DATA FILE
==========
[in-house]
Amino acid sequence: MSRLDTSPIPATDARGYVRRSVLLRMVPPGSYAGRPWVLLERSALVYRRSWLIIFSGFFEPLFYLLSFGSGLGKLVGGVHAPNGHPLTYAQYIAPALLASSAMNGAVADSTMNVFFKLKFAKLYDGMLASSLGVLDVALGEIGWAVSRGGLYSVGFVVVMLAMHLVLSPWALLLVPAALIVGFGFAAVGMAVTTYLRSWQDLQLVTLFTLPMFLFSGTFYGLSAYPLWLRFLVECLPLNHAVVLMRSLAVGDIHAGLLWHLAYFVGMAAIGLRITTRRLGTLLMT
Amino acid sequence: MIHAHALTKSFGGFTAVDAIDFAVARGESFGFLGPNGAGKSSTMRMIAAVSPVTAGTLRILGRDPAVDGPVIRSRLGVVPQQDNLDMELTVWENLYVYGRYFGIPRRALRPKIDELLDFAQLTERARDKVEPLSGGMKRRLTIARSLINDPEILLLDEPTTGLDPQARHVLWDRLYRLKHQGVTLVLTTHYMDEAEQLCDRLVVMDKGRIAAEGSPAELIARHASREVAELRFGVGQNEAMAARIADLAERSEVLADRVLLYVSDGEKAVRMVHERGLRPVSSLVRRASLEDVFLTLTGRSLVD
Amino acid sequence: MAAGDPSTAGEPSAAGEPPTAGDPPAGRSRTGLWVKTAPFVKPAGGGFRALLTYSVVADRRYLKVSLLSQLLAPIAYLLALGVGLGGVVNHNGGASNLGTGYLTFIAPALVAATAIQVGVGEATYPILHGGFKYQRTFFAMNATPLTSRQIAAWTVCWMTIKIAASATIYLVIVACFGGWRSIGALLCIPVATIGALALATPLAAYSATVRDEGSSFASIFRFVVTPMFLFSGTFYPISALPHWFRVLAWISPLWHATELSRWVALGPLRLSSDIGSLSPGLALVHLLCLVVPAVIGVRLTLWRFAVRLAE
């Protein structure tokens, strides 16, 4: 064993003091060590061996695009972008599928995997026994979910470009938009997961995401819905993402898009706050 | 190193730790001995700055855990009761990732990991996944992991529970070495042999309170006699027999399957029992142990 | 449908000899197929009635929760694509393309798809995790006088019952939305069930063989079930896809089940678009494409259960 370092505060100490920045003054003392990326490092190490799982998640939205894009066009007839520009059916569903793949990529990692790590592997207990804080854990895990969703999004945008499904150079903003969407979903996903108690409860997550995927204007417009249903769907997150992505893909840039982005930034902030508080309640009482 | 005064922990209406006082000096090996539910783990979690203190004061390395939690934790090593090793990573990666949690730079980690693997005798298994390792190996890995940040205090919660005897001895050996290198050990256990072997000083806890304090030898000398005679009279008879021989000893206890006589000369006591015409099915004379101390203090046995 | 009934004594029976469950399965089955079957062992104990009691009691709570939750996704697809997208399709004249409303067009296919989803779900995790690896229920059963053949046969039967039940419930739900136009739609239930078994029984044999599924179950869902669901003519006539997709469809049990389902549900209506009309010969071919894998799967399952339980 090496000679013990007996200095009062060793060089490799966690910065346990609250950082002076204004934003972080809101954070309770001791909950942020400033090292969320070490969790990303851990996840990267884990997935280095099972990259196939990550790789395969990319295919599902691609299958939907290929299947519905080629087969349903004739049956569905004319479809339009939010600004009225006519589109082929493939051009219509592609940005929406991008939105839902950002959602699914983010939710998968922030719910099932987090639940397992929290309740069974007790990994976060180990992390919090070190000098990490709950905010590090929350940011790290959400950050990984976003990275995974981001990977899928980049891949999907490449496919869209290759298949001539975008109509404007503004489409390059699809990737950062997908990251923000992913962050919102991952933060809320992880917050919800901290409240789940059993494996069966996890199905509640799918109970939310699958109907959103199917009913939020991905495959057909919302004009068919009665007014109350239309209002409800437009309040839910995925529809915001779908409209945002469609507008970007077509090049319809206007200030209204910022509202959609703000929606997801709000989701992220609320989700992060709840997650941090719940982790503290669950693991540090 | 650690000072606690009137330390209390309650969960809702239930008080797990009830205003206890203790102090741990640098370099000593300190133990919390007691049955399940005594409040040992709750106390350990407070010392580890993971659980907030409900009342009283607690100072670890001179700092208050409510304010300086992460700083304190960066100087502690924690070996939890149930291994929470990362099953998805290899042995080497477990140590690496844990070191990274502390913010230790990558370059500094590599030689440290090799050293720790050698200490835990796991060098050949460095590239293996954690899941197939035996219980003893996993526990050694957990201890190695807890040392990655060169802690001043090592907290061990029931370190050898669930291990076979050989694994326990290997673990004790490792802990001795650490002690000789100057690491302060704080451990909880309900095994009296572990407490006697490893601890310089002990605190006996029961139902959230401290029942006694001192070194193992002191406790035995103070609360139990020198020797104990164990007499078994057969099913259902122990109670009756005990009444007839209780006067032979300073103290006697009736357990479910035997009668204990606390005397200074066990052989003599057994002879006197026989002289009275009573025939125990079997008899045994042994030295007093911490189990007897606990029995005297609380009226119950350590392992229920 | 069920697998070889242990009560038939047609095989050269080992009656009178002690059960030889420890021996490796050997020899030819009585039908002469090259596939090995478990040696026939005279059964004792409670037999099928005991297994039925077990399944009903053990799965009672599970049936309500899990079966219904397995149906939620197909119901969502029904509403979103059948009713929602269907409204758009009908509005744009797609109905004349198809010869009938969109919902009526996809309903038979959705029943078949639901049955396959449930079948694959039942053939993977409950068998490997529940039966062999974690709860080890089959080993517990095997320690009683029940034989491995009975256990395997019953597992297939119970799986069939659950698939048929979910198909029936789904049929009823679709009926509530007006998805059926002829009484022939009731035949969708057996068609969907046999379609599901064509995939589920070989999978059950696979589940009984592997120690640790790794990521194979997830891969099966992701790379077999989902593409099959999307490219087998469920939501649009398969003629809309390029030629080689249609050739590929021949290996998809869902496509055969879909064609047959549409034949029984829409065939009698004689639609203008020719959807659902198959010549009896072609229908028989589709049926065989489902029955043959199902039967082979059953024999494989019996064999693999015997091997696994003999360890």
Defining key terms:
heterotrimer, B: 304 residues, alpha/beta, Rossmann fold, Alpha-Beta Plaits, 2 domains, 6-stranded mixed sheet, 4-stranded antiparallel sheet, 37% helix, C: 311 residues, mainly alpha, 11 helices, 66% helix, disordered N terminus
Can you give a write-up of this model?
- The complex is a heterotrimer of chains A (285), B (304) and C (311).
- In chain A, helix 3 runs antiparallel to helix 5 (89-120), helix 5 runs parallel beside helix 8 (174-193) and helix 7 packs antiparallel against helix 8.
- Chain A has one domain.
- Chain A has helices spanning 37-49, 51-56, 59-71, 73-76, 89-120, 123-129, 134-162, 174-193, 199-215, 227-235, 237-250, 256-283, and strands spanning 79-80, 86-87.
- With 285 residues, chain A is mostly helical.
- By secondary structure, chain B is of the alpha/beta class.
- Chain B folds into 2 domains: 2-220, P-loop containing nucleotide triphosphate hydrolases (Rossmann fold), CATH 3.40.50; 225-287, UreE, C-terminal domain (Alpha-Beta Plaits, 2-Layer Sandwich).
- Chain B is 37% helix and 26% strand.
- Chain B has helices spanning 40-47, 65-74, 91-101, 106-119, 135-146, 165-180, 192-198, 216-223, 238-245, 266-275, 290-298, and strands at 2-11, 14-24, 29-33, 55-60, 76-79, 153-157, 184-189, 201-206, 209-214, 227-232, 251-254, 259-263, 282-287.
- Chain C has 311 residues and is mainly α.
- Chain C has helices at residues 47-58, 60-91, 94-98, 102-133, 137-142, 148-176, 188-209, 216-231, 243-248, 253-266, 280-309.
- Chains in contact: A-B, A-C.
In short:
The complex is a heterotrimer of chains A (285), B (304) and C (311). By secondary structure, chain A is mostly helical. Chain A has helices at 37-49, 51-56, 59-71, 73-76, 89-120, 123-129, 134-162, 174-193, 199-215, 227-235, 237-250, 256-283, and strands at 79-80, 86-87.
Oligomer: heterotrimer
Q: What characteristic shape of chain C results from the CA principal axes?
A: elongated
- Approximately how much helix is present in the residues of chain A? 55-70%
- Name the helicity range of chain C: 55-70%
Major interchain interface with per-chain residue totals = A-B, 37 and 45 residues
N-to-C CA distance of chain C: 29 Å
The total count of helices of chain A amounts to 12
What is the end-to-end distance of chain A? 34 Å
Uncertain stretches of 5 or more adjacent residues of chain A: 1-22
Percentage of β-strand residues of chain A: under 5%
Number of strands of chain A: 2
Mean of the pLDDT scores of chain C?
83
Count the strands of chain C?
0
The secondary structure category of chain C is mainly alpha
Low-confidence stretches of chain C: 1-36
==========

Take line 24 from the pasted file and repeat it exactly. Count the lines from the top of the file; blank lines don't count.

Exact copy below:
Q: What characteristic shape of chain C results from the CA principal axes?